Uncle Fred and Aunt Sarah

Uncle Fred was born in New Jersey. His parents were immigrants from Estonia. In the 1920s he was a young merchant marine man on a ship bound for places further south when he got Appendicitis and was taken in to the Marine Hospital in Key West. While recuperating, he was invited to dinner at the Curry home on Elizabeth Street. Fred was a handsome man, blond hair he wore in a crew cut, blue eyes and a personality bigger than life. All the young girls were dazzled and then shocked when he chose my Aunt Sarah to marry. Sarah had broken her hip as a child and it had not been set properly and one leg was decidedly shorter than the other and when I knew her she wore black lace-up shoes, her right shoe with a 2-inch platform on the sole and with a four-inch block heel. She walked with a decided limp. Boy would I love to know the story of that courtship. The family arranged for them to buy a house in Key West for back taxes when Fred got a job at the port in Ft. Lauderdale and Sarah went with him, and later to the port in Tampa Bay. The family was not happy about it.

Uncle Fred and Aunt Sarah were my godparents. I have so many stories that this will probably take two blogs. My first memory of Uncle Fred was when he and Aunt Sarah were visiting during one of our downtown Saturday nights and we went to Kress with my father to get our toys my brother and I got each week. Uncle Fred went with us and wanted to buy me the biggest doll in the place. My father wouldn’t let him. I was not privy to the conversation but my father didn’t want me getting used to more than he could provide. I don’t remember being disappointed.

My Uncle Fred and Aunt Sarah took me to the New Year’s Eve Orange Bowl parade in Miami. I was maybe seven. It was my first time away from my parents and I remember crying the night before we left. I was scared. Cathy my cousin went with us to the parade. It was fun.

My next memory was when I was nine; they took my brother and me fishing. We took a few sandwiches and went up the keys to a place underneath the start of the Bahia Honda Bridge. We used hand lines and when throwing the line out one time, I caught the hook on the back of my pants. Ouch. Despite my lack of fishing skills, I think we even caught a few small grunts that Uncle Fred took the hook out of and threw back into the ocean.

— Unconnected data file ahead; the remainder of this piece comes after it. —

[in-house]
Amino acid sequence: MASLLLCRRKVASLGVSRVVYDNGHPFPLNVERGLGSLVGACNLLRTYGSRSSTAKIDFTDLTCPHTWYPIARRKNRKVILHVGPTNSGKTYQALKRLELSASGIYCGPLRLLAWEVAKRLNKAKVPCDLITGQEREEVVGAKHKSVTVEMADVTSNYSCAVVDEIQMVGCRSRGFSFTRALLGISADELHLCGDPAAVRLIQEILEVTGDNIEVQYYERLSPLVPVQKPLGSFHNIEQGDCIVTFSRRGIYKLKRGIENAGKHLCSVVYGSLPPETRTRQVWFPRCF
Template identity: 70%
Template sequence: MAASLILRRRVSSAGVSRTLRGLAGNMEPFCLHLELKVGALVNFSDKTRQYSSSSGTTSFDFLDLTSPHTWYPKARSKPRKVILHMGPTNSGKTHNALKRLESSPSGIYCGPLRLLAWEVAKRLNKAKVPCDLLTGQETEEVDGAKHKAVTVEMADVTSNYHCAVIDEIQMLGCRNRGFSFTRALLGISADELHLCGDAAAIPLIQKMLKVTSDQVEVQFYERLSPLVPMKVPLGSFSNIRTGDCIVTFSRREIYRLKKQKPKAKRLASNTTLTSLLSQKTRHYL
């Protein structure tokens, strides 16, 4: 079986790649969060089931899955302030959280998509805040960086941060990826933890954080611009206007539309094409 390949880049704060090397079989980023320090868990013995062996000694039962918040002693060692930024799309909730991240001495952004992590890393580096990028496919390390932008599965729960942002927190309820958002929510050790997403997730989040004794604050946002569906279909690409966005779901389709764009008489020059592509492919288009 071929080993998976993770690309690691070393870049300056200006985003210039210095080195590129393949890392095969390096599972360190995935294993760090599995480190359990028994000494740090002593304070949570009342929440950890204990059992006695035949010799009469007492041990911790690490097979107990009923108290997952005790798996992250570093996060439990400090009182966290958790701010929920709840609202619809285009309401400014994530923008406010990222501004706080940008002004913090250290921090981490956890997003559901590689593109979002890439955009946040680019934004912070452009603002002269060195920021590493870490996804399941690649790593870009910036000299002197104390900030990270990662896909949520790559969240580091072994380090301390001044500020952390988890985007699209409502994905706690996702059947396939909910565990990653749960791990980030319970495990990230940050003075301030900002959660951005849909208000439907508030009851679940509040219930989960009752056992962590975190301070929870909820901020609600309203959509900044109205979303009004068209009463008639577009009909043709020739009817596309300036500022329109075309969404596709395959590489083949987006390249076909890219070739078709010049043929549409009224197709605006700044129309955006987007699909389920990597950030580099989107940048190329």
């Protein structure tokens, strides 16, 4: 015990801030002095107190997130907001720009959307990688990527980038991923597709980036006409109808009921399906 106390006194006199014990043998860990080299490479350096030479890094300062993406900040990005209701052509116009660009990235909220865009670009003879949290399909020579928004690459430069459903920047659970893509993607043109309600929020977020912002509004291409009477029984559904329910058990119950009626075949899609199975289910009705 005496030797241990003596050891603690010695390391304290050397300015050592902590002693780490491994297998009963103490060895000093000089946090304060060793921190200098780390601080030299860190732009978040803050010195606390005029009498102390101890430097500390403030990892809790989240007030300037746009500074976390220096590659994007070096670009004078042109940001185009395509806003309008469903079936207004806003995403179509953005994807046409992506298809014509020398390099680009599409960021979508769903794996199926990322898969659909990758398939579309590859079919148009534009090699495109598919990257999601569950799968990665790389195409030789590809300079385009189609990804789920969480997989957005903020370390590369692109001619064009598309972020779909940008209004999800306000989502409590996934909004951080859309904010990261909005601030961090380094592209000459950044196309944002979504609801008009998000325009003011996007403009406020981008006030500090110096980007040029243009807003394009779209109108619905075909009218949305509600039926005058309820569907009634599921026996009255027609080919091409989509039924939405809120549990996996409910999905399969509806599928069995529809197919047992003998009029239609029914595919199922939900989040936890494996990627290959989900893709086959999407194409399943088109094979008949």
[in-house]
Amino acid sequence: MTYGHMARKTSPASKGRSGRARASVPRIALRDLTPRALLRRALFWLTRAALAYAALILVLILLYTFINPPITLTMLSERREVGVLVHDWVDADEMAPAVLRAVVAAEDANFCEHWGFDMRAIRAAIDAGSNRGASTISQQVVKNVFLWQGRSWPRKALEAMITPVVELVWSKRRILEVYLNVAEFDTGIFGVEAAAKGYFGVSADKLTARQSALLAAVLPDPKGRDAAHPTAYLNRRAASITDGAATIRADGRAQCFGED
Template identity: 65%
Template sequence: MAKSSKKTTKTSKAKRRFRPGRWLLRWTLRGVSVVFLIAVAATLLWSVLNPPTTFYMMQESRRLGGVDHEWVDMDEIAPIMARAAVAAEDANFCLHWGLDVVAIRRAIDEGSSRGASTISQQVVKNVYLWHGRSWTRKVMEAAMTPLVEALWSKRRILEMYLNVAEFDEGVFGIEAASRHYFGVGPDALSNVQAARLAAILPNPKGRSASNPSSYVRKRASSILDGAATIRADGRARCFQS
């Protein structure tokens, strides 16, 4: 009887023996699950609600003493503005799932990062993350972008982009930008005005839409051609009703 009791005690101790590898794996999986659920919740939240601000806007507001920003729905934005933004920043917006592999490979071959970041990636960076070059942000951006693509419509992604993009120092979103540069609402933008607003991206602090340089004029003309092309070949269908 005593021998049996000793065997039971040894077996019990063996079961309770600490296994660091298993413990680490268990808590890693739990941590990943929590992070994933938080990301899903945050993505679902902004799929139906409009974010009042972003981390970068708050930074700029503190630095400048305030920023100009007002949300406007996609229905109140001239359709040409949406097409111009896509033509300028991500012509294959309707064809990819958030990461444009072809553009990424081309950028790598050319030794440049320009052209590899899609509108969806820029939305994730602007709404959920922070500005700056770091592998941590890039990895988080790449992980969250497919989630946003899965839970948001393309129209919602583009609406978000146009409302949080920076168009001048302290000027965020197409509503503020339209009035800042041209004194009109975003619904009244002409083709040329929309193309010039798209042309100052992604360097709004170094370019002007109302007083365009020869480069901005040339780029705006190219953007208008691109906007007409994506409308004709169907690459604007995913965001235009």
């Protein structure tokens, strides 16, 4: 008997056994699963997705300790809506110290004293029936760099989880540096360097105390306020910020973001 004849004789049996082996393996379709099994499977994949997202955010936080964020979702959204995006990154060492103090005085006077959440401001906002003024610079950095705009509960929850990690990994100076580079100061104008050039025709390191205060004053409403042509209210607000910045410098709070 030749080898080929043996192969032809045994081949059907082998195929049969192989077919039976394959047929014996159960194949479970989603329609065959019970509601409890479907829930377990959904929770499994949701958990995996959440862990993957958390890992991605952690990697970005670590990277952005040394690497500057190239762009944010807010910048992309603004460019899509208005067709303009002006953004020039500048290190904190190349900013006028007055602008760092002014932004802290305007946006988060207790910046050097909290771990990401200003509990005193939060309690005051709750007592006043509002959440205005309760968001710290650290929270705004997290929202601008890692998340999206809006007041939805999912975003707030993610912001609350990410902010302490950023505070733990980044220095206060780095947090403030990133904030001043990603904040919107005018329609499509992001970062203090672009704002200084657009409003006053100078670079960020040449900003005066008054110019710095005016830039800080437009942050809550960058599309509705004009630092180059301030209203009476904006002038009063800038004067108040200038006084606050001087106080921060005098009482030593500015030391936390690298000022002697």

Then one summer when I was fourteen, Aunt Sarah took me to Washington, DC, where I went to the Washington Monument where I walked down the few thousand stairs. Whew, bad move. And to the Library of Congress and Mount Vernon, and later caught fireflies with my cousins, and was out playing in the twilight well past nine o’clock. We went next to Lakehurst, NJ where we stayed with Uncle Fred’s family and went to a Music Hall and I learned to do the Polka, and went swimming in a lake for the first time. Then we traveled to New York, and to Radio City Music Hall, the Empire State Building and to an Automat for lunch. We did this all by train and staying with family. For a young teenager who had only gone as far as Miami, that trip with my Aunt Sarah gave me a view into a bigger world. Speaking of bigger worlds, next week I will tell you about how on a dark night in February I almost went to Venezuela.

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